From October through February, the icy teeth of the dance card, Matt Painter’s Purdue basketball teams are a safe bet, the kind of reliable you can set an Apple Watch to.
March? Total crapshoot.
Heads, Sweet 16.
Tails, Arkansas-Little Rock.
It’s interesting. Since 2010, Purdue’s average seed at the NCAA Tournament is a 6, yet the Boilermakers are all of four up and five down in Bracketville to show for it.
In fact, over the last six tourneys, a single-digit seed Big Ten program has been bounced by a double-digit Cinderella on six different occasions — and Painter’s Boilers account for a third of those upsets (Purdue, two; Michigan, Wisconsin, Ohio State and Michigan State, one each).
Granted, it’s a small sample size. Especially when compared to the big picture: A trio of Big Ten Coach of the Year trophies from 2008 through 2011, an average of 21.6 wins per season, a .582 career league winning percentage (or 10.5 league wins per year over an 18-game slate), and Big Dances in eight out of 11 campaigns.
The Boilers have produced five NBA Draft picks since 2007, or as many as they’d managed in the previous 17 years combined. All this on the backside of recruiting classes from 2006-15 that were rated by 247Sports, on average, as sixth-best out of 14 current (or future) Big Ten peers.
So when Painter confirmed earlier this week that he’d agreed to a three-year extension in West Lafayette through 2022, a deal expected that’s expected to be confirmed by the powers-that-be next month, your relative enthusiasm probably fell in line with where the Boilers’ ceiling sits inside your headspace.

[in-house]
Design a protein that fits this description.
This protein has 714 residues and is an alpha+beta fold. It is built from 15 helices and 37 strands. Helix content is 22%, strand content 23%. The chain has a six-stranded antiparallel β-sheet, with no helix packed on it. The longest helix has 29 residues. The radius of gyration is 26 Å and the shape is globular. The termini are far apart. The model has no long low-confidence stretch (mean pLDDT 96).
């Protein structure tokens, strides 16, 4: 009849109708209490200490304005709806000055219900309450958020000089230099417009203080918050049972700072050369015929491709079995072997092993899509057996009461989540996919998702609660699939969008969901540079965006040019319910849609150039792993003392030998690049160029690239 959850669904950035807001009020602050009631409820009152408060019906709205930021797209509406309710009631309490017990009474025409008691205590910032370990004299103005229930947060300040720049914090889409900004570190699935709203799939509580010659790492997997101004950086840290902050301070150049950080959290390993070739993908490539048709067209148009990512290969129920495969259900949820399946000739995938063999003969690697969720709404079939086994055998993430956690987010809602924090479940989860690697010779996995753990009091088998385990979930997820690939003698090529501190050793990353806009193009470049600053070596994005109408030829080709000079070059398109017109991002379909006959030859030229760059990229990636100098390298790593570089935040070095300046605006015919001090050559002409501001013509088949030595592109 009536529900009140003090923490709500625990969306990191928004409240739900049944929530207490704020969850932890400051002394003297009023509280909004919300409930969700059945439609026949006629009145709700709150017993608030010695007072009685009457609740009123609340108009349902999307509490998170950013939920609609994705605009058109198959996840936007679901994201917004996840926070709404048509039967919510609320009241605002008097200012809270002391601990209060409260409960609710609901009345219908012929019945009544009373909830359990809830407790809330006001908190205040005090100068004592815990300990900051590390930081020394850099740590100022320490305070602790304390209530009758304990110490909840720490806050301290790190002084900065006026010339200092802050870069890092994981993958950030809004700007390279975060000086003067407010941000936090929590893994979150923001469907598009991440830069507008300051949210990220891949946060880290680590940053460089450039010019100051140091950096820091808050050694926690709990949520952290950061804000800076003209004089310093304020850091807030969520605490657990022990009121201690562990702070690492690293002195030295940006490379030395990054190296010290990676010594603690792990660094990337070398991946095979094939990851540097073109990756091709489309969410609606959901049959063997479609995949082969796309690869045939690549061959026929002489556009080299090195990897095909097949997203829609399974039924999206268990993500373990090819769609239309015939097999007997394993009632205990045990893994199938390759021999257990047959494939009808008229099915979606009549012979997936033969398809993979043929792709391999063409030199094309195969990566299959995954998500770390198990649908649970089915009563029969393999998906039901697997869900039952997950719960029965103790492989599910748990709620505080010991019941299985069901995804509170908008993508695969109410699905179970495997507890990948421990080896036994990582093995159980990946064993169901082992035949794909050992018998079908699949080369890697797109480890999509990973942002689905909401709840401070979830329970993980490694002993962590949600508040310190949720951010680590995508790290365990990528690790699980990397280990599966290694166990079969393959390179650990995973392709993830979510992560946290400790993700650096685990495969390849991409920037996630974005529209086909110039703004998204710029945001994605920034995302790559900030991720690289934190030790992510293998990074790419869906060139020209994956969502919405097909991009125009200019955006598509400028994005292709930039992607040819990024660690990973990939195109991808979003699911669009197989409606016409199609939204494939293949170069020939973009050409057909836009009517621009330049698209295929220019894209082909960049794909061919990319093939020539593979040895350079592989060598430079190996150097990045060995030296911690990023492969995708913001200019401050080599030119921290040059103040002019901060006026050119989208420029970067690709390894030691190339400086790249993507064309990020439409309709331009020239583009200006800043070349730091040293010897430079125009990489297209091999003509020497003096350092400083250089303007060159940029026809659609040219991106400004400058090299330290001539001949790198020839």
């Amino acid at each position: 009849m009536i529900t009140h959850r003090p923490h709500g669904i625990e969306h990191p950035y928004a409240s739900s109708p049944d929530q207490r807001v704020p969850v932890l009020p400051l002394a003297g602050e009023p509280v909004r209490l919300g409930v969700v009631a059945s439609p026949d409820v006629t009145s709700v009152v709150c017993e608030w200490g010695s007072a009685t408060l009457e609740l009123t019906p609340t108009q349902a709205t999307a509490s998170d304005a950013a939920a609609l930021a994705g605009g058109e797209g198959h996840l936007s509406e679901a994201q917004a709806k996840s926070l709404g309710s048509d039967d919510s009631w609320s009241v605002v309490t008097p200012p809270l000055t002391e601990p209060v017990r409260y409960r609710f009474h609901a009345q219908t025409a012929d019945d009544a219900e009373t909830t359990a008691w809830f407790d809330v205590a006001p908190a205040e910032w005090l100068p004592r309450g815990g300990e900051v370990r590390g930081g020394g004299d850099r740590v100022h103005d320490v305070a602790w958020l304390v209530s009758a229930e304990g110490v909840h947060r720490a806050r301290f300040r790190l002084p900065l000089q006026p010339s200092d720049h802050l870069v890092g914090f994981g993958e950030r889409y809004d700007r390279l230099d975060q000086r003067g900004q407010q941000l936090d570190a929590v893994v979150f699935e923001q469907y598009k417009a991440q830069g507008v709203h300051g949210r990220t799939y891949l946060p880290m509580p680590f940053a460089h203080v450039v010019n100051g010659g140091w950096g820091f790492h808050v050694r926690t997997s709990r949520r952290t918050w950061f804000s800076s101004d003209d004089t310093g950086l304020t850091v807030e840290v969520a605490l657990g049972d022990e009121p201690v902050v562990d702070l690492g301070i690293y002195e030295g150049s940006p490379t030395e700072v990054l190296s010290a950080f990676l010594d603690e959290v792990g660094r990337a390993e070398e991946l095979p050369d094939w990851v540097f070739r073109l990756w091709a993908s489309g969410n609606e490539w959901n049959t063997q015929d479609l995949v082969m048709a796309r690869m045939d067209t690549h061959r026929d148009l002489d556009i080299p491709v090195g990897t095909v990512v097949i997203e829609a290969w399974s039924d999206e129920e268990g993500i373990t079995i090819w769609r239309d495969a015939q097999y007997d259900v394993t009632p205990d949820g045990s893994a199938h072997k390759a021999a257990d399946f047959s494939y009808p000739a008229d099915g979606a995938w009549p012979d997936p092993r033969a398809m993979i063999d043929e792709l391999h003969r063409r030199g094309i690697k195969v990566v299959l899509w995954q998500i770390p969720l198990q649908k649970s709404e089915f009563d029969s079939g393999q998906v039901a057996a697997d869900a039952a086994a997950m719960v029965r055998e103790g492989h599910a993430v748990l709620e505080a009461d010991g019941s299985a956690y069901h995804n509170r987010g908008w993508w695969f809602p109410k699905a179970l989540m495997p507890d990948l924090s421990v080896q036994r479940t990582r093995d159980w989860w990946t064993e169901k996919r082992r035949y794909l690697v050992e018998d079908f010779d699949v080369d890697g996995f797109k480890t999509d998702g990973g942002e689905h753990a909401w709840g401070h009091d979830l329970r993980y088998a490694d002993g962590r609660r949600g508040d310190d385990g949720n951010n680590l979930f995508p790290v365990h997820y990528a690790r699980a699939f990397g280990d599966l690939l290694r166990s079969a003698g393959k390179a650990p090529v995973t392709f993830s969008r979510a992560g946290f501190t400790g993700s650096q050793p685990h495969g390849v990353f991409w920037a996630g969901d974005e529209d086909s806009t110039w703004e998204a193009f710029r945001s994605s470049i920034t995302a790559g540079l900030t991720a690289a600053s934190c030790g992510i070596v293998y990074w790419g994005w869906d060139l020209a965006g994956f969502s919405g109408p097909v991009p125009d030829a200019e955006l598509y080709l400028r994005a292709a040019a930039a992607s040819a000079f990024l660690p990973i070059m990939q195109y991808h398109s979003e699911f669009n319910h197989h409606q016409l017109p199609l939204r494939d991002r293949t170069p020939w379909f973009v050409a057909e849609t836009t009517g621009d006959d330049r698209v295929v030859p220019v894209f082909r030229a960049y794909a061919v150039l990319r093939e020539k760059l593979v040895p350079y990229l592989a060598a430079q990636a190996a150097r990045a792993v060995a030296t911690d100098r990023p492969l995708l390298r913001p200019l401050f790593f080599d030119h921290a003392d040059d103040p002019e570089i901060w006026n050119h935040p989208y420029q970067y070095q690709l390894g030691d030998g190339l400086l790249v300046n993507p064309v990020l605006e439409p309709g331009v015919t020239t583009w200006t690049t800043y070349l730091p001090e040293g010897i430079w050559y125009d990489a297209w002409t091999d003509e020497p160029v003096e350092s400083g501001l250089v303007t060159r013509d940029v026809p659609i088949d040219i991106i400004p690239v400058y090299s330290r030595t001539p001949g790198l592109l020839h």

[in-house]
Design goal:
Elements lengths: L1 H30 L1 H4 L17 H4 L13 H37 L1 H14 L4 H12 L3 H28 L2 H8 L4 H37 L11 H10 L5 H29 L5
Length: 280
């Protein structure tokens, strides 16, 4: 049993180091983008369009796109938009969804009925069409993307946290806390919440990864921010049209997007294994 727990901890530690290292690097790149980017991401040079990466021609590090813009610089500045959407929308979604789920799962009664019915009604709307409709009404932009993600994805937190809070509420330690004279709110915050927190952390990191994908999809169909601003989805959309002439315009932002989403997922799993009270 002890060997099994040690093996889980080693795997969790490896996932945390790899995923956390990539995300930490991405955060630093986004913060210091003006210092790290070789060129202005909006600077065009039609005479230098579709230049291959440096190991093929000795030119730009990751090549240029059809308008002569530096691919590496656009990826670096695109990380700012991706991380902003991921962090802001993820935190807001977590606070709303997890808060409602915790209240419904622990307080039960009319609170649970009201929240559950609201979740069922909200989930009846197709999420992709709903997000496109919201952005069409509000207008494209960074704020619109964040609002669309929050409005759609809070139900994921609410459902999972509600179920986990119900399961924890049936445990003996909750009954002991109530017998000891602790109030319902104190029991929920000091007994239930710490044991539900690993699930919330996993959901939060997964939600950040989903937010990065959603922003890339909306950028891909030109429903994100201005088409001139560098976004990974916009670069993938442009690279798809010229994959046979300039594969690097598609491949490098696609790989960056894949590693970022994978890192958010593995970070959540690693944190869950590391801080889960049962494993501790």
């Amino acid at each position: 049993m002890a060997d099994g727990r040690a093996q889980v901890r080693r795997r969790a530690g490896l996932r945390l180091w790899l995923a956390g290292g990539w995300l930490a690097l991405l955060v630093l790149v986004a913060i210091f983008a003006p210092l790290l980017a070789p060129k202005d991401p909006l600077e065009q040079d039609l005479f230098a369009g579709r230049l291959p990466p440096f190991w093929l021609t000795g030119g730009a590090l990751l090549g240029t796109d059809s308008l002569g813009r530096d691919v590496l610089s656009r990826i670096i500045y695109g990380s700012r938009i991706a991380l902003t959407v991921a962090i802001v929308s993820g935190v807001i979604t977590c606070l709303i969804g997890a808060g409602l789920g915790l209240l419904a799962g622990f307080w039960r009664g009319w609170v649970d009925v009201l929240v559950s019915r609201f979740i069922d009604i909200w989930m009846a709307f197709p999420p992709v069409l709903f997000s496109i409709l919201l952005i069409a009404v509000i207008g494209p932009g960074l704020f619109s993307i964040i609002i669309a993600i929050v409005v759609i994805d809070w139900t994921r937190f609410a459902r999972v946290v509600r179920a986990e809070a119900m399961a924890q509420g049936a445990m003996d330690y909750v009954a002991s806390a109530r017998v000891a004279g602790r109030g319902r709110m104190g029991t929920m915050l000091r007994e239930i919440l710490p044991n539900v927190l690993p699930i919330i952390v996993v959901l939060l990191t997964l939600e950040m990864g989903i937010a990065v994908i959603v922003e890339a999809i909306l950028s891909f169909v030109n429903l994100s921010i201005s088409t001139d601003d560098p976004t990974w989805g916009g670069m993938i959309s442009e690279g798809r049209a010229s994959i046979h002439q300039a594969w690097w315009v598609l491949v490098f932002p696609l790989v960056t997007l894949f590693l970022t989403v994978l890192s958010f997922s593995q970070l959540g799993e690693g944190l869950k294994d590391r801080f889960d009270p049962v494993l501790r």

In one corner, the news was a gesture toward continuity, a nod to the forward momentum of 47 wins over the last two winters. In the other, it might’ve been construed as settling.
In both camps, it probably depends on the buyout. Especially given that the current arrangement guarantees Painter, a Boiler alum who played under Gene Keady, a reported $2.45 million in salary, and the school is allegedly on the hook for every penny.
So “deserved” is relative. In the short-term, let’s call the announcement prudent, if nothing else, given that Painter’s current contract was up in 2019. In 2017, Purdue could have four scholarship slots to fill, and possibly more, one of those roster-defining windows that coaches don’t want to leave to chance.
Plus, it leaves athletic director Morgan Burke with one less deck chair to rearrange before shuffling off into retirement next July, especially while football is still a raging migraine.
Boiler hoops is many things. But broke, it ain’t.
In a conference with an average of 12.3 members since 2009-’10 — hello, realignment math! — Purdue under Painter usually scraps and grinds and floor-burns its way to a fifth-place finish (4.85, on average, since 2010). Over Painter’s first 11 seasons, the count is eight NCAA tournaments, one regular-season Big Ten title and one conference tourney title. In Keady’s last 11 years, the kitty was seven NCAA tourneys and two regular-season crowns.
So the Boilers remain well above irrelevance but a notch below The Izzone and The Bo Ryan Belt, take it or leave it. Painter is 1-7 in his last eight against Michigan State dating back to 2012, 3-5 versus Wisconsin, 3-5 versus Indiana.
Naysayers will invariably point to the above, if backed into a corner, as well as the fact that Painter has yet to push the Boilers past the Sweet 16 in the Big Dance.
Of late, Purdue has worn the badge of a No. 5 seed marked for death in office pools from La Jolla to Bangor, winless in Bracketville since 2012. As a 3-seed in 2011, the Boilers fell to 11th-seeded Virginia Commonwealth in the second round.
Nor did it help this past March when the Trojans — not of Southern California, but Little Rock — plucked Purdue’s scalp in overtime as a plucky 12 seed. It’s hard to pin perception to reality when that reality is doing serpentines all over the blasted map.
In 2010, he was tied for first. In 2014, he was last. The truth about Painter probably lies in the middle there, somewhere.
You can reach Sean Keeler via email at email@example.com or follow him on Twitter @seankeeler